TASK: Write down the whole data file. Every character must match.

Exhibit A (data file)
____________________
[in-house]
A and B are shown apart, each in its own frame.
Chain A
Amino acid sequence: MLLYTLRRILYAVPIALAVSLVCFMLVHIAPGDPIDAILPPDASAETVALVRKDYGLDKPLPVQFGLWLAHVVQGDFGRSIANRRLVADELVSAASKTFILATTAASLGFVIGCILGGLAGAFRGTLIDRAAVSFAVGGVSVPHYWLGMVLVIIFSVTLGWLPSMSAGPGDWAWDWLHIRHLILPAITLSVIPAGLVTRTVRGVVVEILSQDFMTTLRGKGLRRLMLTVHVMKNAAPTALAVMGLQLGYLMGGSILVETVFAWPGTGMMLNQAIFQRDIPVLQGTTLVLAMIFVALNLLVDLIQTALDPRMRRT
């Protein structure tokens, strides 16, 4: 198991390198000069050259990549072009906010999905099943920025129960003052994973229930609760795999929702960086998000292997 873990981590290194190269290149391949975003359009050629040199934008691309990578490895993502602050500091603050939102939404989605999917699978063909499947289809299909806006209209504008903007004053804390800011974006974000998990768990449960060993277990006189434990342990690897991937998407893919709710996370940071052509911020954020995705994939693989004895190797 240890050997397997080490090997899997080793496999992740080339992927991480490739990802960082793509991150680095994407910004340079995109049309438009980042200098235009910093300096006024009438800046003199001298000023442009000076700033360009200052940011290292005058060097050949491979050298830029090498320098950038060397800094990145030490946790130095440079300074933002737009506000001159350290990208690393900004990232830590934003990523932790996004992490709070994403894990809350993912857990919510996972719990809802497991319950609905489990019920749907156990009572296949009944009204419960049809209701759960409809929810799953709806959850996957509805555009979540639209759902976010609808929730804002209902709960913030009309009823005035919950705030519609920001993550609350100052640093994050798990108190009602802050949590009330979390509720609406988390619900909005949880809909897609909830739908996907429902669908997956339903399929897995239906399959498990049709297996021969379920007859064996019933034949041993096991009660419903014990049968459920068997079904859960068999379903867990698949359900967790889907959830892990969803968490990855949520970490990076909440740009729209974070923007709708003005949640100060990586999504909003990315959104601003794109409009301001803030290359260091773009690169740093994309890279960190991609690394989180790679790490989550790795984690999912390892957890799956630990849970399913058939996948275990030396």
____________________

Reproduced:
[in-house]
A and B are shown apart, each in its own frame.
Chain A
Amino acid sequence: MLLYTLRRILYAVPIALAVSLVCFMLVHIAPGDPIDAILPPDASAETVALVRKDYGLDKPLPVQFGLWLAHVVQGDFGRSIANRRLVADELVSAASKTFILATTAASLGFVIGCILGGLAGAFRGTLIDRAAVSFAVGGVSVPHYWLGMVLVIIFSVTLGWLPSMSAGPGDWAWDWLHIRHLILPAITLSVIPAGLVTRTVRGVVVEILSQDFMTTLRGKGLRRLMLTVHVMKNAAPTALAVMGLQLGYLMGGSILVETVFAWPGTGMMLNQAIFQRDIPVLQGTTLVLAMIFVALNLLVDLIQTALDPRMRRT
């Protein structure tokens, strides 16, 4: 198991390198000069050259990549072009906010999905099943920025129960003052994973229930609760795999929702960086998000292997 873990981590290194190269290149391949975003359009050629040199934008691309990578490895993502602050500091603050939102939404989605999917699978063909499947289809299909806006209209504008903007004053804390800011974006974000998990768990449960060993277990006189434990342990690897991937998407893919709710996370940071052509911020954020995705994939693989004895190797 240890050997397997080490090997899997080793496999992740080339992927991480490739990802960082793509991150680095994407910004340079995109049309438009980042200098235009910093300096006024009438800046003199001298000023442009000076700033360009200052940011290292005058060097050949491979050298830029090498320098950038060397800094990145030490946790130095440079300074933002737009506000001159350290990208690393900004990232830590934003990523932790996004992490709070994403894990809350993912857990919510996972719990809802497991319950609905489990019920749907156990009572296949009944009204419960049809209701759960409809929810799953709806959850996957509805555009979540639209759902976010609808929730804002209902709960913030009309009823005035919950705030519609920001993550609350100052640093994050798990108190009602802050949590009330979390509720609406988390619900909005949880809909897609909830739908996907429902669908997956339903399929897995239906399959498990049709297996021969379920007859064996019933034949041993096991009660419903014990049968459920068997079904859960068999379903867990698949359900967790889907959830892990969803968490990855949520970490990076909440740009729209974070923007709708003005949640100060990586999504909003990315959104601003794109409009301001803030290359260091773009690169740093994309890279960190991609690394989180790679790490989550790795984690999912390892957890799956630990849970399913058939996948275990030396």